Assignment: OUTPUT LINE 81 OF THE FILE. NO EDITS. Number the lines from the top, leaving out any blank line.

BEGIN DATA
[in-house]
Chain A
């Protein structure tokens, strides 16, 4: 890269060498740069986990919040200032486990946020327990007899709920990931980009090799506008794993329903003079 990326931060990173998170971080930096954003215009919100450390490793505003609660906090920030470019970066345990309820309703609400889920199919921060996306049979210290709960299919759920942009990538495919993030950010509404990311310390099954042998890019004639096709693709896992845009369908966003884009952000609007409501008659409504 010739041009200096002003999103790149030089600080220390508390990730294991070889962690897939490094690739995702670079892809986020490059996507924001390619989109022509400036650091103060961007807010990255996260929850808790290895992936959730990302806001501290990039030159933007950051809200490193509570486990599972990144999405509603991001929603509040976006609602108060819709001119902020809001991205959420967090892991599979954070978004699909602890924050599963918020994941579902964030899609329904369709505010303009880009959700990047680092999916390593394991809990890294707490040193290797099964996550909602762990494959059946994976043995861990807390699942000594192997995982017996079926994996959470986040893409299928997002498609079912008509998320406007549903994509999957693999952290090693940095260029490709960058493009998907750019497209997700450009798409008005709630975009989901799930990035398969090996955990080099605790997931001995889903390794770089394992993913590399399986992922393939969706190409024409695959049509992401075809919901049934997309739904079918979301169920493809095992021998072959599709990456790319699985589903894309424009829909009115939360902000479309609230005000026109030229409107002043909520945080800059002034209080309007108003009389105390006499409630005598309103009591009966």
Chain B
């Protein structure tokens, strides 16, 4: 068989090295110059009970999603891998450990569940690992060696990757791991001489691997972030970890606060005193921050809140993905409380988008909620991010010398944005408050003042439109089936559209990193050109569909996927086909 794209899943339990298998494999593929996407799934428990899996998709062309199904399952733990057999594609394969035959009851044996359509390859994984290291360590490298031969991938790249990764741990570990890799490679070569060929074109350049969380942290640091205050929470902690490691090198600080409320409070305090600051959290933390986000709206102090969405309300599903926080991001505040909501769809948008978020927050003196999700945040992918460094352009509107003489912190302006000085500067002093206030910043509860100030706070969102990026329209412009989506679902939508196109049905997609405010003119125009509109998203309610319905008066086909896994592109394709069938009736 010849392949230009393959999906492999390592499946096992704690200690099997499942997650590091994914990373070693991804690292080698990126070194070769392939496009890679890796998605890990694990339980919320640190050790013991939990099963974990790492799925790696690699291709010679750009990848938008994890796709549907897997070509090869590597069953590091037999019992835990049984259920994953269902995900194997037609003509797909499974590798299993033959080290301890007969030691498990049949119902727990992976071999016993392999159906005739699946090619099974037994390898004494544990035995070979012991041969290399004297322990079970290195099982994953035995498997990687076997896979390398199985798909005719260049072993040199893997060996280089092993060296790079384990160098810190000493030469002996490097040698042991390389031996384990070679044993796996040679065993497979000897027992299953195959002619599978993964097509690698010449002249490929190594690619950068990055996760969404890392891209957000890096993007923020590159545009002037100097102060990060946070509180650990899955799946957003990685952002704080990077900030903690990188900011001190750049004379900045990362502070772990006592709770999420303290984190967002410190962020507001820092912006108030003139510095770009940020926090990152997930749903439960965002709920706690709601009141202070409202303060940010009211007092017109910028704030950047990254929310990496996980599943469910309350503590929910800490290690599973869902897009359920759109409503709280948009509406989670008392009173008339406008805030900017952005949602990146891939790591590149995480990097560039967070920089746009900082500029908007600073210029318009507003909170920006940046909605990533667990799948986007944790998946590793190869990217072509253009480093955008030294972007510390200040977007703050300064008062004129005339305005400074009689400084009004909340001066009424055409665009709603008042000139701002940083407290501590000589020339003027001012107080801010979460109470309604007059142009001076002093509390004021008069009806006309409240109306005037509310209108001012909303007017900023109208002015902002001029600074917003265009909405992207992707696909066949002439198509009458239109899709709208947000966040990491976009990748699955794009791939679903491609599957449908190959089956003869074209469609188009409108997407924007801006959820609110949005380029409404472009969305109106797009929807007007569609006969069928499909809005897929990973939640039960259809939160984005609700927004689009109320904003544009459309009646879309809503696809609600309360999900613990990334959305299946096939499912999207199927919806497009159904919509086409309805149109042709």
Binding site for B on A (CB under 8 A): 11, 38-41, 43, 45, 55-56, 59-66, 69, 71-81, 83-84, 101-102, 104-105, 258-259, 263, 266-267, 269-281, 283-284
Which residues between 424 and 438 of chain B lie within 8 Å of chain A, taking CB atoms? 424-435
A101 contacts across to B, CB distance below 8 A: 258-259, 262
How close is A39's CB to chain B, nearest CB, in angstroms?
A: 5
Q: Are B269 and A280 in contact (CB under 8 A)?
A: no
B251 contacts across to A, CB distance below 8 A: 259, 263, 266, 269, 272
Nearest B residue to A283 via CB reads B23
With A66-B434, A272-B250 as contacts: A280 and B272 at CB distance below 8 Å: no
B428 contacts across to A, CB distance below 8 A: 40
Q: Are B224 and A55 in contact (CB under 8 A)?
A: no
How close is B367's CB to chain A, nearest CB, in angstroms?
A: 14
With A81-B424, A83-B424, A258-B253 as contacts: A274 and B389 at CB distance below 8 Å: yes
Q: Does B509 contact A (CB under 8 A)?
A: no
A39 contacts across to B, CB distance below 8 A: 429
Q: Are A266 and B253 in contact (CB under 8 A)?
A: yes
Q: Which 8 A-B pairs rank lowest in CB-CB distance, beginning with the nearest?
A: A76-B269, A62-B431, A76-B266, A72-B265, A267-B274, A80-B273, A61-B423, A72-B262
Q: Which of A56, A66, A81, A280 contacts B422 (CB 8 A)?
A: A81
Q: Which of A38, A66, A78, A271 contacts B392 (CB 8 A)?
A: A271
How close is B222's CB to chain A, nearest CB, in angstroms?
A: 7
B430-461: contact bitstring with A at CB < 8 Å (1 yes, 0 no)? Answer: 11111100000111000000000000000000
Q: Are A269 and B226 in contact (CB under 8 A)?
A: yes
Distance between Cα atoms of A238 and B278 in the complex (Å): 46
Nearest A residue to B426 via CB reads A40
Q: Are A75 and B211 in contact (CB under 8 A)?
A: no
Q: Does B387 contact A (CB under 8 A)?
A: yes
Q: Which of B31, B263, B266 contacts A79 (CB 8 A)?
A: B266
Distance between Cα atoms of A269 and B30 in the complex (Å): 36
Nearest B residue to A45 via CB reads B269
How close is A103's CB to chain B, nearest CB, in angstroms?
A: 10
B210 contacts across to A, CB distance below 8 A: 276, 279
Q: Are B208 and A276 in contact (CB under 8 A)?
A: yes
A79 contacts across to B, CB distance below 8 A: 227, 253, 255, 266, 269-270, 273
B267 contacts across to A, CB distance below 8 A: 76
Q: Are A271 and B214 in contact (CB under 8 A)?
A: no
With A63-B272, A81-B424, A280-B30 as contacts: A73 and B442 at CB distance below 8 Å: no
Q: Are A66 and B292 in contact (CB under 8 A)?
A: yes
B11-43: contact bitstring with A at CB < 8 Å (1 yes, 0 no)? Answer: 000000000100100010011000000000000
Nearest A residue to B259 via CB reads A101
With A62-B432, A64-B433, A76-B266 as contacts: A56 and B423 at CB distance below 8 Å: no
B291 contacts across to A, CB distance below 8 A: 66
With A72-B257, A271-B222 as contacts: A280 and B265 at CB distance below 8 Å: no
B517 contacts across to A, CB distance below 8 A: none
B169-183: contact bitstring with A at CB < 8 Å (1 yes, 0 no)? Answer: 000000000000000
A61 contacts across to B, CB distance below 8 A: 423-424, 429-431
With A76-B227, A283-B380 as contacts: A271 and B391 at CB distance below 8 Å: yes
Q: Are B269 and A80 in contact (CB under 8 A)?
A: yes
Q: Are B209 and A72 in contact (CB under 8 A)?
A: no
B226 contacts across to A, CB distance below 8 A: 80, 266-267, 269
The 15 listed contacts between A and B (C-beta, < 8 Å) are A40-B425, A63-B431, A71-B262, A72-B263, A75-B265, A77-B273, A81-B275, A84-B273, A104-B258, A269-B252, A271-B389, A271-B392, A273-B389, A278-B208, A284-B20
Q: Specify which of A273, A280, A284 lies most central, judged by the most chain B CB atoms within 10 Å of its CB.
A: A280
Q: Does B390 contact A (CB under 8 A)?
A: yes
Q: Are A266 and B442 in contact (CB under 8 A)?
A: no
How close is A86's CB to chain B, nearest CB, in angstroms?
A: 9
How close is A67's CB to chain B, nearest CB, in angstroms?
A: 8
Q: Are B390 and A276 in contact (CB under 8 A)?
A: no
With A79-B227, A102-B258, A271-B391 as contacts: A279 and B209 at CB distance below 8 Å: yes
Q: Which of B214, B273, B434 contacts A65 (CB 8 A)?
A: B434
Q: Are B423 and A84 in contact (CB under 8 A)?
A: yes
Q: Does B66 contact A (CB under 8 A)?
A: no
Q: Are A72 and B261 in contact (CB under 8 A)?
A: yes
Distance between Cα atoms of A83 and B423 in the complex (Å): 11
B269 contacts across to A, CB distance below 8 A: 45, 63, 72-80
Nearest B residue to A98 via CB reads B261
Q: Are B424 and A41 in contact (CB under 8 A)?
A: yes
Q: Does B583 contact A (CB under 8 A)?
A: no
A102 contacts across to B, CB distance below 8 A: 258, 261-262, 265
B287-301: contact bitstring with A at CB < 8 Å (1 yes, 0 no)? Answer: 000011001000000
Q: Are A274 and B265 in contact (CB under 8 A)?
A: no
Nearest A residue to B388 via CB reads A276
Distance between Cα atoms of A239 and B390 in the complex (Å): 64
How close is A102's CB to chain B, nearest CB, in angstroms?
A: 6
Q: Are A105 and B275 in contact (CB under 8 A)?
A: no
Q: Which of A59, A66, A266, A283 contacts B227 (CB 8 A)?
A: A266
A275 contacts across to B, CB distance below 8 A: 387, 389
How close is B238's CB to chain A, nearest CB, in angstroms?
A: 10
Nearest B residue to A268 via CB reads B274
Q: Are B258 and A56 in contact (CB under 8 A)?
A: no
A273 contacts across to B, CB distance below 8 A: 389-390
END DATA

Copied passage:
How close is A86's CB to chain B, nearest CB, in angstroms?